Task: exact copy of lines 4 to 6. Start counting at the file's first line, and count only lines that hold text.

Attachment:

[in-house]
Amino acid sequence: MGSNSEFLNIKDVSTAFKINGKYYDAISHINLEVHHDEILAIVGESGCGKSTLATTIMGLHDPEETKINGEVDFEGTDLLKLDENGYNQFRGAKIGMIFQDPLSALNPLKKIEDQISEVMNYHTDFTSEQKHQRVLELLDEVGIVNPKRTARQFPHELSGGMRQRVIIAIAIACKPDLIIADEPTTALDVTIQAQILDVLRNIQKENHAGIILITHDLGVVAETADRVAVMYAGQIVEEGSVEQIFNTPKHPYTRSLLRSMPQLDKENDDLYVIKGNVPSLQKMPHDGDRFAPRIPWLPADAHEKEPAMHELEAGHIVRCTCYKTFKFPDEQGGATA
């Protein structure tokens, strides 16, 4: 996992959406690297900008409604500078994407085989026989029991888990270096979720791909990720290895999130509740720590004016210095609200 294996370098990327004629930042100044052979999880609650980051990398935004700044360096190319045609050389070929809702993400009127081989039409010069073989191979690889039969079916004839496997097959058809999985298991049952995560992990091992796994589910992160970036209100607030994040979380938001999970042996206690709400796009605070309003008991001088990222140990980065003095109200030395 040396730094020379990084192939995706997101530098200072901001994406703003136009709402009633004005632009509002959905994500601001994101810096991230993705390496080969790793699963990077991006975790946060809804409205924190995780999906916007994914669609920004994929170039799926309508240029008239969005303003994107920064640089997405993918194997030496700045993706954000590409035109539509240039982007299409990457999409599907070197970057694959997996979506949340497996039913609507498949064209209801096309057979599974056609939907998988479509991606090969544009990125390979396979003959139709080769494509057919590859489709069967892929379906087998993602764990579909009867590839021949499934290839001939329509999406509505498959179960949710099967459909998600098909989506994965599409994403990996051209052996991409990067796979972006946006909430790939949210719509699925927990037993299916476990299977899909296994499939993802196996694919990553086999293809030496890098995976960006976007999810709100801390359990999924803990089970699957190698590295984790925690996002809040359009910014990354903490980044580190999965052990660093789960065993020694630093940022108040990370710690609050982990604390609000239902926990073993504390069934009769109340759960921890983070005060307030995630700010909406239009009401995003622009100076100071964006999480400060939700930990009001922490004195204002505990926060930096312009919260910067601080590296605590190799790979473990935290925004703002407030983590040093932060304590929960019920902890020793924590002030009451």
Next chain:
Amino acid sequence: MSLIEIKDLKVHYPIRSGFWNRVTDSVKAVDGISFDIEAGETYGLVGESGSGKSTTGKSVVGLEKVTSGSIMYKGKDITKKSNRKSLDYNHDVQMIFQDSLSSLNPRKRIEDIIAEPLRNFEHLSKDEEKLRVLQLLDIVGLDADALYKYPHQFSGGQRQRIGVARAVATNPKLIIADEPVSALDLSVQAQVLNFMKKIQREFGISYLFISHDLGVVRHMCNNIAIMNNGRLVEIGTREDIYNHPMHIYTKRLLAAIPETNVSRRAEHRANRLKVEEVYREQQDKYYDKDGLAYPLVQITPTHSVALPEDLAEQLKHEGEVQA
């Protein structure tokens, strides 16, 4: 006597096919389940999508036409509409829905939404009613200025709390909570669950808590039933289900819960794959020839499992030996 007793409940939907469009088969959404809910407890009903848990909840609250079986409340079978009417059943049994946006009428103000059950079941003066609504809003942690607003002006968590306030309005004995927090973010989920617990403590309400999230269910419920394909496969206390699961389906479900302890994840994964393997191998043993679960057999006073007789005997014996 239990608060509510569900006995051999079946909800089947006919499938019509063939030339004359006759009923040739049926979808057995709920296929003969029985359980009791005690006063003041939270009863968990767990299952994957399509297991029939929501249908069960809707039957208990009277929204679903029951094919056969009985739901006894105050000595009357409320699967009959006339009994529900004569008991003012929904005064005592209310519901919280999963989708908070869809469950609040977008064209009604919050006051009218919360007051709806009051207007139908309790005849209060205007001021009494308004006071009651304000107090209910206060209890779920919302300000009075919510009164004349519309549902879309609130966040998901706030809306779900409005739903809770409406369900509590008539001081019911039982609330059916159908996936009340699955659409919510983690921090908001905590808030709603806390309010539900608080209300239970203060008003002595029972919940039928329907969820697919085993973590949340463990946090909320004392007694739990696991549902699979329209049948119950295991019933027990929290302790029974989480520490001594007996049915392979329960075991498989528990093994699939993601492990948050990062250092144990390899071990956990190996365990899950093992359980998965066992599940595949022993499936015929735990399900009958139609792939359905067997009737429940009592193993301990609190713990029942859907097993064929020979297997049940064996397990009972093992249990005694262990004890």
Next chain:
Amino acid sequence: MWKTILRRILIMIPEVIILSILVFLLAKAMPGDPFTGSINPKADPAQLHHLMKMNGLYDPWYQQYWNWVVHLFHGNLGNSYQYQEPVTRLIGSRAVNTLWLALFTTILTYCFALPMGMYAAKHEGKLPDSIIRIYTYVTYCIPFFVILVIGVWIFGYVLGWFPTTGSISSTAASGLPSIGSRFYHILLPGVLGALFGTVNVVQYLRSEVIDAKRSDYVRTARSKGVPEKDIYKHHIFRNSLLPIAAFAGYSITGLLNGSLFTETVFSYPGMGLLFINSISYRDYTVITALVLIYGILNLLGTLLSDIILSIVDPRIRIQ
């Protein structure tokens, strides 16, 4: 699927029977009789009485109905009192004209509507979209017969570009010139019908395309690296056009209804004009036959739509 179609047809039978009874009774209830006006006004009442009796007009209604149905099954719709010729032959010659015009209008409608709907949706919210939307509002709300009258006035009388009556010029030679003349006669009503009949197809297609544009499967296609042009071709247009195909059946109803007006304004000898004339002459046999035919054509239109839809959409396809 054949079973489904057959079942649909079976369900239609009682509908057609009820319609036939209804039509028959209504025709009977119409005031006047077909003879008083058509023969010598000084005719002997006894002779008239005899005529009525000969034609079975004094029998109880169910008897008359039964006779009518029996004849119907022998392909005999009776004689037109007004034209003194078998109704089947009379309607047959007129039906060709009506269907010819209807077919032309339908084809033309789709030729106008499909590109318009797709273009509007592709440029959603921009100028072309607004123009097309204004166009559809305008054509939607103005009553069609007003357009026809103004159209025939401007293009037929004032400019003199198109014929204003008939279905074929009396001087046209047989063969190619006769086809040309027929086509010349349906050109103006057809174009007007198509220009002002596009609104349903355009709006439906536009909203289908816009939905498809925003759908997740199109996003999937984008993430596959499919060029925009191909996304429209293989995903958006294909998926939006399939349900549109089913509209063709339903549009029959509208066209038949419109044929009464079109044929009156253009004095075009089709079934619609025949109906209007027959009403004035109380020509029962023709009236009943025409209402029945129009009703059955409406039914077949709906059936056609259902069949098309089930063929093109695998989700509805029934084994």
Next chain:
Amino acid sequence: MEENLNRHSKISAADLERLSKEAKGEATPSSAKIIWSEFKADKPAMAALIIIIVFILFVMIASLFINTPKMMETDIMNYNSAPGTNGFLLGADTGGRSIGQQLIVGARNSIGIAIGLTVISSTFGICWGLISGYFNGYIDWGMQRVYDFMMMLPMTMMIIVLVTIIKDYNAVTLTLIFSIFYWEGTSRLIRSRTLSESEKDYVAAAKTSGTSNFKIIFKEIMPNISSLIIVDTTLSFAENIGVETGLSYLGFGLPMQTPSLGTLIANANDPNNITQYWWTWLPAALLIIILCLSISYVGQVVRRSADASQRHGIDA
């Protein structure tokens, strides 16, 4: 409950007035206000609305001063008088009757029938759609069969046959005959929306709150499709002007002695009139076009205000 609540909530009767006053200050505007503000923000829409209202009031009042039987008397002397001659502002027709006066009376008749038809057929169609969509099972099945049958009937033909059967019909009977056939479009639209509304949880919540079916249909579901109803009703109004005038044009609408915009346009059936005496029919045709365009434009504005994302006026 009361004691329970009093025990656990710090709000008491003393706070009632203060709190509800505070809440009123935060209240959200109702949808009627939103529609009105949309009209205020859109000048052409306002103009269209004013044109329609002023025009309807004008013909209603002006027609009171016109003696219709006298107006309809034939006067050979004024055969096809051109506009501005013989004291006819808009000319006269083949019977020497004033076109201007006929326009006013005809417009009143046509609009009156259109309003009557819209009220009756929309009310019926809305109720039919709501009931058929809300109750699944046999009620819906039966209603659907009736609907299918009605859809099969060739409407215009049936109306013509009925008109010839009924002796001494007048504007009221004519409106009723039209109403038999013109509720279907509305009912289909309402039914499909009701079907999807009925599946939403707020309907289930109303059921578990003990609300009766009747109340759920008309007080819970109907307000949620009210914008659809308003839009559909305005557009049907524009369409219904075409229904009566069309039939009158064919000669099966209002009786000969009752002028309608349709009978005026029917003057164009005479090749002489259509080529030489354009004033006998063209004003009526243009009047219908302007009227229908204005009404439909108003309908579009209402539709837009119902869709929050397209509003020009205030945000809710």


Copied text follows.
Next chain:
Amino acid sequence: MSLIEIKDLKVHYPIRSGFWNRVTDSVKAVDGISFDIEAGETYGLVGESGSGKSTTGKSVVGLEKVTSGSIMYKGKDITKKSNRKSLDYNHDVQMIFQDSLSSLNPRKRIEDIIAEPLRNFEHLSKDEEKLRVLQLLDIVGLDADALYKYPHQFSGGQRQRIGVARAVATNPKLIIADEPVSALDLSVQAQVLNFMKKIQREFGISYLFISHDLGVVRHMCNNIAIMNNGRLVEIGTREDIYNHPMHIYTKRLLAAIPETNVSRRAEHRANRLKVEEVYREQQDKYYDKDGLAYPLVQITPTHSVALPEDLAEQLKHEGEVQA
């Protein structure tokens, strides 16, 4: 006597096919389940999508036409509409829905939404009613200025709390909570669950808590039933289900819960794959020839499992030996 007793409940939907469009088969959404809910407890009903848990909840609250079986409340079978009417059943049994946006009428103000059950079941003066609504809003942690607003002006968590306030309005004995927090973010989920617990403590309400999230269910419920394909496969206390699961389906479900302890994840994964393997191998043993679960057999006073007789005997014996 239990608060509510569900006995051999079946909800089947006919499938019509063939030339004359006759009923040739049926979808057995709920296929003969029985359980009791005690006063003041939270009863968990767990299952994957399509297991029939929501249908069960809707039957208990009277929204679903029951094919056969009985739901006894105050000595009357409320699967009959006339009994529900004569008991003012929904005064005592209310519901919280999963989708908070869809469950609040977008064209009604919050006051009218919360007051709806009051207007139908309790005849209060205007001021009494308004006071009651304000107090209910206060209890779920919302300000009075919510009164004349519309549902879309609130966040998901706030809306779900409005739903809770409406369900509590008539001081019911039982609330059916159908996936009340699955659409919510983690921090908001905590808030709603806390309010539900608080209300239970203060008003002595029972919940039928329907969820697919085993973590949340463990946090909320004392007694739990696991549902699979329209049948119950295991019933027990929290302790029974989480520490001594007996049915392979329960075991498989528990093994699939993601492990948050990062250092144990390899071990956990190996365990899950093992359980998965066992599940595949022993499936015929735990399900009958139609792939359905067997009737429940009592193993301990609190713990029942859907097993064929020979297997049940064996397990009972093992249990005694262990004890």